Three things with Senator Lisa Murkowski
Murkowski arrives for a vote at the Capitol building. Photo: Alex Wong / Getty Images
The GOP chairwoman of the Energy and Natural Resources Committee, Alaska Sen. Lisa Murkowski, answered a few questions after a hearing yesterday on advanced vehicle technologies.
EVs and infrastructure: Murkowski is open to having electric vehicle (EV) charging infrastructure be included in some fashion in the wider infrastructure package that the White House wants Congress to pass, perhaps via some form of incentives.
Why it matters: A build-out of charging networks to ensure drivers are confident that they can replenish their batteries is one piece of the puzzle for expansion of EVs, which are now a tiny fraction of the global vehicle fleet.
Murkowski said it's important to avoid building only infrastructure that suits today's needs.
- “I think we need to be thinking about: where is the transportation fleet, where are we going, and let’s build to that. We have got to skate to the puck,” Murkowski told a couple of reporters on the sidelines of the Washington Auto Show, where the hearing was held.
- “I think that can clearly be part of the conversation and the discussion,” she said broadly of a role for EV charging in the infrastructure bill.
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EVs and King Cove: Alaska lawmakers recently scored a win after Trump's Interior Department, reversing an Obama-era decision, struck a deal that will enable a 12-mile road from the remote village of King Cove through the Izembek National Wildlife Refuge to reach the town of Cold Bay.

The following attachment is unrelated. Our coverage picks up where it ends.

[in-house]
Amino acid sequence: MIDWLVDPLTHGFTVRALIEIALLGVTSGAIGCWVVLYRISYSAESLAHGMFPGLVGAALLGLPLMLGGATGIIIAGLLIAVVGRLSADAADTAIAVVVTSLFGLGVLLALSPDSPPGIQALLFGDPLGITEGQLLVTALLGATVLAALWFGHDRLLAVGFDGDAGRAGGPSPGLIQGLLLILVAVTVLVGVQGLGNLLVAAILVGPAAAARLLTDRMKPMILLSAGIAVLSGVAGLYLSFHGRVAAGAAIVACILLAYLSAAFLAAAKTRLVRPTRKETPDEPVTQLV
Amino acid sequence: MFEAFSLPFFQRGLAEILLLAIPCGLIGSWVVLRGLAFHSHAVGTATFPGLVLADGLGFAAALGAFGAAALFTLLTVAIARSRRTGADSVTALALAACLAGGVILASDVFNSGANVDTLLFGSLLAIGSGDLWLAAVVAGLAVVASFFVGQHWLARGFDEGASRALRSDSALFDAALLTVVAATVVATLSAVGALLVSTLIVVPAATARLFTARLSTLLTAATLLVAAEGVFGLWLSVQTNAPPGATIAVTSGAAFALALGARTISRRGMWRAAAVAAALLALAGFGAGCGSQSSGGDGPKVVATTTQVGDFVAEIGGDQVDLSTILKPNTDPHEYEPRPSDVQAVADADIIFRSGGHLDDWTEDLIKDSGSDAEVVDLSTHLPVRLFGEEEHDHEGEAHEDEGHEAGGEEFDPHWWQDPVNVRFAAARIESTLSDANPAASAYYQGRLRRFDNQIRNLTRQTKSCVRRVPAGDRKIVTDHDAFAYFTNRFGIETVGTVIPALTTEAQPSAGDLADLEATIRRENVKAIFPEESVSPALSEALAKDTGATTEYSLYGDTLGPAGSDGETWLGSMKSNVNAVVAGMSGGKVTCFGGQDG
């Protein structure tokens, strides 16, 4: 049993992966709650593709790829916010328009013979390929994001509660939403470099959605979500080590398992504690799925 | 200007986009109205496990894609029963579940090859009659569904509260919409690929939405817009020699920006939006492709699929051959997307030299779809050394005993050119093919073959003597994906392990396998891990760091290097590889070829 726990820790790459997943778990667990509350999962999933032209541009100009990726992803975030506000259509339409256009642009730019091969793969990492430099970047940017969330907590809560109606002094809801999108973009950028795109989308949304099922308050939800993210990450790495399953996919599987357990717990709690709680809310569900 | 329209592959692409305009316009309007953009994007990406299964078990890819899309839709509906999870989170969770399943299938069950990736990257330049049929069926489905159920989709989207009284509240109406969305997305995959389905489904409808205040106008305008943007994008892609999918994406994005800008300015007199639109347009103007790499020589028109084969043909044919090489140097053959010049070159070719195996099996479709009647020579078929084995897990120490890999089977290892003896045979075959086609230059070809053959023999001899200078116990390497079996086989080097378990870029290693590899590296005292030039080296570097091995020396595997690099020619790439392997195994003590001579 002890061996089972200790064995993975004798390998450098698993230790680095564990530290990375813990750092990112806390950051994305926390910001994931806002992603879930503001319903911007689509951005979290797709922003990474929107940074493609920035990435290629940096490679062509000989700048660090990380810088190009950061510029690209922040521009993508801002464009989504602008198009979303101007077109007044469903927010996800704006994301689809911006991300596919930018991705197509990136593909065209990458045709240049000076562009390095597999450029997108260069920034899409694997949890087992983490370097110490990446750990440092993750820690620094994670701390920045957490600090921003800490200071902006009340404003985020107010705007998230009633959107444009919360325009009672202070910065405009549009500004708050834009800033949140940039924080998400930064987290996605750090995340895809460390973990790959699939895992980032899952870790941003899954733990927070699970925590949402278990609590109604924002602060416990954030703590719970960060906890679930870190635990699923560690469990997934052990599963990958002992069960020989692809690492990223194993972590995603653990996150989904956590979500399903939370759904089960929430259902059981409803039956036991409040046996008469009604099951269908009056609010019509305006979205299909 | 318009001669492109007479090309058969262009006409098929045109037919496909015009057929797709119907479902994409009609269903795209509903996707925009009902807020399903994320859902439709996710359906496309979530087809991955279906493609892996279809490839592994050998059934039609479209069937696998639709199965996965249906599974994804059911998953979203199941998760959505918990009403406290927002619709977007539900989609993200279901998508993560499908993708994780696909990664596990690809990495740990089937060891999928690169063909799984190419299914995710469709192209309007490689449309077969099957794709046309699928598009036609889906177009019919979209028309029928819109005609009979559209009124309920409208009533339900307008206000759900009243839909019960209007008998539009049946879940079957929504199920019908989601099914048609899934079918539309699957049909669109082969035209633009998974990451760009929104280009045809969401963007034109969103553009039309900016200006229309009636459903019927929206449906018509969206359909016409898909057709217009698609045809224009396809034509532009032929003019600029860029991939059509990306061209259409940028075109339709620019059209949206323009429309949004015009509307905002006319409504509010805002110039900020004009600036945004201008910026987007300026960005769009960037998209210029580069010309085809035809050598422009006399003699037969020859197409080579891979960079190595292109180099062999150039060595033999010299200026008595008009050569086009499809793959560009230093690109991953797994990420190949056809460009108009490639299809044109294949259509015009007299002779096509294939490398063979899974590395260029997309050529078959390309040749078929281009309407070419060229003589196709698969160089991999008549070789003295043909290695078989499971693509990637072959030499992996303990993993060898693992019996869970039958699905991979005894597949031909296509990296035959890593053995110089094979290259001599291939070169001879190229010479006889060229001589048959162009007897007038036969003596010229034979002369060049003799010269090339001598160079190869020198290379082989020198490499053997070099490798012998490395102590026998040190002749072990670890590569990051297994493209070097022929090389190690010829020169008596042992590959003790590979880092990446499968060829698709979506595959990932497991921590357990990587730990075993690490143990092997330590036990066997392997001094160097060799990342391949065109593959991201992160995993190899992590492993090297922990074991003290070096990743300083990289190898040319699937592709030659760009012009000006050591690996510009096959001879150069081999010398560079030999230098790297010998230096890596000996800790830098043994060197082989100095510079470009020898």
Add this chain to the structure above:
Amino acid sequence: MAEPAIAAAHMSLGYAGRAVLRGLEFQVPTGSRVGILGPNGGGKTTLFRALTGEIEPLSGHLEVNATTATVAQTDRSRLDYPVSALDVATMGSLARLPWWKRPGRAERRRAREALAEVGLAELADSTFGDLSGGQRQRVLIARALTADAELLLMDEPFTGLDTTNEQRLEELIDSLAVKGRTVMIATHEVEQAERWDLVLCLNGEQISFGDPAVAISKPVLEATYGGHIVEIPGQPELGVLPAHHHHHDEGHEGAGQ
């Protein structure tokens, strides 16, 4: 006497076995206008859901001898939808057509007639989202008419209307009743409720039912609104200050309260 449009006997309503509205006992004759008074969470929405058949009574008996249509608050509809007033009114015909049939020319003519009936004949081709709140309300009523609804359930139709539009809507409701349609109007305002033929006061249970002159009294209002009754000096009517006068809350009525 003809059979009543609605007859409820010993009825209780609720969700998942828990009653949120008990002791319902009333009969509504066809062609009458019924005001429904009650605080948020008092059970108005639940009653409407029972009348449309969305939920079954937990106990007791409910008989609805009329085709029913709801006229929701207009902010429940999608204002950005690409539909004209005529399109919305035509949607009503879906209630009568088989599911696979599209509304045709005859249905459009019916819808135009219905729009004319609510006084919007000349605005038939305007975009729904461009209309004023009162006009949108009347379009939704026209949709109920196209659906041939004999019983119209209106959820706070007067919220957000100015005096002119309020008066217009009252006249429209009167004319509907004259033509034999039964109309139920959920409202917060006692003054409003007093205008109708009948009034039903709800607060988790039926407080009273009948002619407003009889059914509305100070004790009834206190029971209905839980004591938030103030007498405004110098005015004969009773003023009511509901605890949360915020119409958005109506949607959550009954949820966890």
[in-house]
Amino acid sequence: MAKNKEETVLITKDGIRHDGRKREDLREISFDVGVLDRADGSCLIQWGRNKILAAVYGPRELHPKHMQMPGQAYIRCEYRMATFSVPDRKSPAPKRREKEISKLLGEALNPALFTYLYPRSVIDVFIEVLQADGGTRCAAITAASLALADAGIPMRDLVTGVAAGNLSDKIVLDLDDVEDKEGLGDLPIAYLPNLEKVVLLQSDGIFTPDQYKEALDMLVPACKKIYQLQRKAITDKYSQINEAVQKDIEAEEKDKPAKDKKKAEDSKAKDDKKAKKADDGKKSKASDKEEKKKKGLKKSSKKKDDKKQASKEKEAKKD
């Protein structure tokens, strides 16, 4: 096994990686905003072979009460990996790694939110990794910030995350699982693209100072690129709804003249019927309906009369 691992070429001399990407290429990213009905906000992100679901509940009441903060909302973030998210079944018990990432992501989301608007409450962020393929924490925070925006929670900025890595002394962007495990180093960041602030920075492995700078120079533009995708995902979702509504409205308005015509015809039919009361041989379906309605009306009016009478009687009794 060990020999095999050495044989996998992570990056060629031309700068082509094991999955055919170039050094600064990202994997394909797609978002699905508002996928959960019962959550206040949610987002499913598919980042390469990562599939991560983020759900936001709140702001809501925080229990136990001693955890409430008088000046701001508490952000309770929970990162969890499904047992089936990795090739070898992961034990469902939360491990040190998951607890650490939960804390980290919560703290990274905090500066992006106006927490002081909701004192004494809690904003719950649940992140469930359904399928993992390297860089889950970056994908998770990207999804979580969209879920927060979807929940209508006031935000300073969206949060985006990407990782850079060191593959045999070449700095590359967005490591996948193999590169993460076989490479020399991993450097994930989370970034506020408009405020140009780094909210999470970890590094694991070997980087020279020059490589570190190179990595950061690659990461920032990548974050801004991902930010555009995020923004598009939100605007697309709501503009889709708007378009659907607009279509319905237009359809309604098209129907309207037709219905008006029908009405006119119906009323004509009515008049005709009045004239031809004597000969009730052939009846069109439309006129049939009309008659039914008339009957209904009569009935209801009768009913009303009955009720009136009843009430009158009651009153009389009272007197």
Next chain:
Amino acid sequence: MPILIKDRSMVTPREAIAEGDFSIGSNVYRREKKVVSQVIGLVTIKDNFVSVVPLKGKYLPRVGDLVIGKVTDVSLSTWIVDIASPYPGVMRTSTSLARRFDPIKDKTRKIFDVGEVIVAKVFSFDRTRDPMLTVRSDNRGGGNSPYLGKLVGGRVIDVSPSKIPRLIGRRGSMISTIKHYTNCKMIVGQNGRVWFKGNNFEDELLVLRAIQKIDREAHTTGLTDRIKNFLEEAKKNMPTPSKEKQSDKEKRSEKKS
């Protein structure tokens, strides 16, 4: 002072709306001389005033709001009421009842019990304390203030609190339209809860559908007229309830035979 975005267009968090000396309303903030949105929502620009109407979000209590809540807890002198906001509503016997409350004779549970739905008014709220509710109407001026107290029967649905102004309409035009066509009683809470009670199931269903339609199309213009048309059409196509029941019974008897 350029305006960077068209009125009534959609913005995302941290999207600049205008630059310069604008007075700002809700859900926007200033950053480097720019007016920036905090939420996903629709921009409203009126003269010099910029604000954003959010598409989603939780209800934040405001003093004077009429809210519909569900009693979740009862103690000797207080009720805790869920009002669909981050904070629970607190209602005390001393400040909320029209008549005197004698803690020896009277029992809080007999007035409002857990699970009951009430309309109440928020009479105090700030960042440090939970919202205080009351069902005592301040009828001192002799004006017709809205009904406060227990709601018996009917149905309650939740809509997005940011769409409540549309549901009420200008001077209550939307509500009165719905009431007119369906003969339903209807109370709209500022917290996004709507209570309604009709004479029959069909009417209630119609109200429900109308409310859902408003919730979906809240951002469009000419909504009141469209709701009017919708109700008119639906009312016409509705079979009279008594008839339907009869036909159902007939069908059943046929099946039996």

- Murkowski said yesterday that on the heels of that decision, she's going to push for EV charging in the small village, noting it's a good fit because gasoline is very expensive there, the power system is hydro-based, and there are few vehicles.
- “I am going to start advocating with the mayor there that we have an electric vehicle charging station and we will start getting some electric vehicles there,” she said.
- More broadly, Murkowski said EVs would work well in multiple small communities in southeast Alaska.
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ANWR: The new law opening a portion of the Arctic National Wildlife Refuge (ANWR) to oil exploration, which was part of the tax overhaul package, requires the first lease sale to occur within four years. Murkowski said that while she would prefer to the first sale "sooner rather than later," the most important thing is ensuring Interior's action is hardened against the inevitable litigation.
- “As much as I want an expeditious process, I also want the department to make sure that what they are putting together withstands any scrutiny, including legal scrutiny,” Murkowski said, adding that she has spoken with Interior Deputy Secretary David Bernhardt about it and they're on the same page.
Thought bubble: This seems obvious, but: given that Interior Secretary Ryan Zinke created a messy situation with his abrupt announcement that Florida was off the table for offshore leasing, not to mention the Trump administration's messy rollout of multiple policies, nothing can be taken for granted.